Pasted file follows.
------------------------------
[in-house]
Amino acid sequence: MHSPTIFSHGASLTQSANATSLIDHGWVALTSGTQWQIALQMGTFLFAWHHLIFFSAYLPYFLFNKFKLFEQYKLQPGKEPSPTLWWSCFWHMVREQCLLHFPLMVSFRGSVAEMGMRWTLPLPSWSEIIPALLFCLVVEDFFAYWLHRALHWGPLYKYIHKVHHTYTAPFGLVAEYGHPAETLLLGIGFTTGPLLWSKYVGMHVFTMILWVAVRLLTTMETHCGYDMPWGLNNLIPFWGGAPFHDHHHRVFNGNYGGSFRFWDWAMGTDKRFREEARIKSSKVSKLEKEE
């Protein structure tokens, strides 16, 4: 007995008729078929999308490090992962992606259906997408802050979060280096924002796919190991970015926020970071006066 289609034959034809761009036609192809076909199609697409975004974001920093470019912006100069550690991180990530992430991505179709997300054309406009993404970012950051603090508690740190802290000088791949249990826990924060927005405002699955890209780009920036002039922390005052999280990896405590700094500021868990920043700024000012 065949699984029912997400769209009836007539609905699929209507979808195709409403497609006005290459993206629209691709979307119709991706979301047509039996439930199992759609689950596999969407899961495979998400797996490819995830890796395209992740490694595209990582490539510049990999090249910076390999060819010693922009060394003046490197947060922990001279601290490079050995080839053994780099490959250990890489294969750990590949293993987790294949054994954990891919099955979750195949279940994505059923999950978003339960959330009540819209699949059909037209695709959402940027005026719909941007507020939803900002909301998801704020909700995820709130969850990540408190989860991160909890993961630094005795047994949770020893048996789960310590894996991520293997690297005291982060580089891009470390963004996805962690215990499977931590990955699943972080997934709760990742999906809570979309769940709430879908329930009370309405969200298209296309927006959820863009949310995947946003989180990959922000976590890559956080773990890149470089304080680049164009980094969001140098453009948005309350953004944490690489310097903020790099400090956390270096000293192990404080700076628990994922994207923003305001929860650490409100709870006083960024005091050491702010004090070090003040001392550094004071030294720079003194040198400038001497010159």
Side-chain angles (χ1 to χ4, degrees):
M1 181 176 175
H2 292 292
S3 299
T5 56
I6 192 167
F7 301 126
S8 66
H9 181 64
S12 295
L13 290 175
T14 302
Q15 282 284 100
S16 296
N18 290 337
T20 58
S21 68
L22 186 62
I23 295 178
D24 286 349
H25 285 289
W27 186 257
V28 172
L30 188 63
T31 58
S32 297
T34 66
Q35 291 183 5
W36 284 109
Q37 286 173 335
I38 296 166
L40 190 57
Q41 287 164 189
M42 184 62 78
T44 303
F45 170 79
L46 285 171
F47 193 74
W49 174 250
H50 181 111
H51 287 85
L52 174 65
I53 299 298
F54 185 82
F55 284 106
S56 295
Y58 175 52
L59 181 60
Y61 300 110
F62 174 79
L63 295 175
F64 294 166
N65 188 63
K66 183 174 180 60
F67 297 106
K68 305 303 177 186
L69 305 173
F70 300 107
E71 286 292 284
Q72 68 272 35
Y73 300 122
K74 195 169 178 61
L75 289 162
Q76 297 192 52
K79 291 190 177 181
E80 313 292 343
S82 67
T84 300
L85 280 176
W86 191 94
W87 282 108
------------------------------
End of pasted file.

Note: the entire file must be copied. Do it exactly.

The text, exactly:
[in-house]
Amino acid sequence: MHSPTIFSHGASLTQSANATSLIDHGWVALTSGTQWQIALQMGTFLFAWHHLIFFSAYLPYFLFNKFKLFEQYKLQPGKEPSPTLWWSCFWHMVREQCLLHFPLMVSFRGSVAEMGMRWTLPLPSWSEIIPALLFCLVVEDFFAYWLHRALHWGPLYKYIHKVHHTYTAPFGLVAEYGHPAETLLLGIGFTTGPLLWSKYVGMHVFTMILWVAVRLLTTMETHCGYDMPWGLNNLIPFWGGAPFHDHHHRVFNGNYGGSFRFWDWAMGTDKRFREEARIKSSKVSKLEKEE
């Protein structure tokens, strides 16, 4: 007995008729078929999308490090992962992606259906997408802050979060280096924002796919190991970015926020970071006066 289609034959034809761009036609192809076909199609697409975004974001920093470019912006100069550690991180990530992430991505179709997300054309406009993404970012950051603090508690740190802290000088791949249990826990924060927005405002699955890209780009920036002039922390005052999280990896405590700094500021868990920043700024000012 065949699984029912997400769209009836007539609905699929209507979808195709409403497609006005290459993206629209691709979307119709991706979301047509039996439930199992759609689950596999969407899961495979998400797996490819995830890796395209992740490694595209990582490539510049990999090249910076390999060819010693922009060394003046490197947060922990001279601290490079050995080839053994780099490959250990890489294969750990590949293993987790294949054994954990891919099955979750195949279940994505059923999950978003339960959330009540819209699949059909037209695709959402940027005026719909941007507020939803900002909301998801704020909700995820709130969850990540408190989860991160909890993961630094005795047994949770020893048996789960310590894996991520293997690297005291982060580089891009470390963004996805962690215990499977931590990955699943972080997934709760990742999906809570979309769940709430879908329930009370309405969200298209296309927006959820863009949310995947946003989180990959922000976590890559956080773990890149470089304080680049164009980094969001140098453009948005309350953004944490690489310097903020790099400090956390270096000293192990404080700076628990994922994207923003305001929860650490409100709870006083960024005091050491702010004090070090003040001392550094004071030294720079003194040198400038001497010159």
Side-chain angles (χ1 to χ4, degrees):
M1 181 176 175
H2 292 292
S3 299
T5 56
I6 192 167
F7 301 126
S8 66
H9 181 64
S12 295
L13 290 175
T14 302
Q15 282 284 100
S16 296
N18 290 337
T20 58
S21 68
L22 186 62
I23 295 178
D24 286 349
H25 285 289
W27 186 257
V28 172
L30 188 63
T31 58
S32 297
T34 66
Q35 291 183 5
W36 284 109
Q37 286 173 335
I38 296 166
L40 190 57
Q41 287 164 189
M42 184 62 78
T44 303
F45 170 79
L46 285 171
F47 193 74
W49 174 250
H50 181 111
H51 287 85
L52 174 65
I53 299 298
F54 185 82
F55 284 106
S56 295
Y58 175 52
L59 181 60
Y61 300 110
F62 174 79
L63 295 175
F64 294 166
N65 188 63
K66 183 174 180 60
F67 297 106
K68 305 303 177 186
L69 305 173
F70 300 107
E71 286 292 284
Q72 68 272 35
Y73 300 122
K74 195 169 178 61
L75 289 162
Q76 297 192 52
K79 291 190 177 181
E80 313 292 343
S82 67
T84 300
L85 280 176
W86 191 94
W87 282 108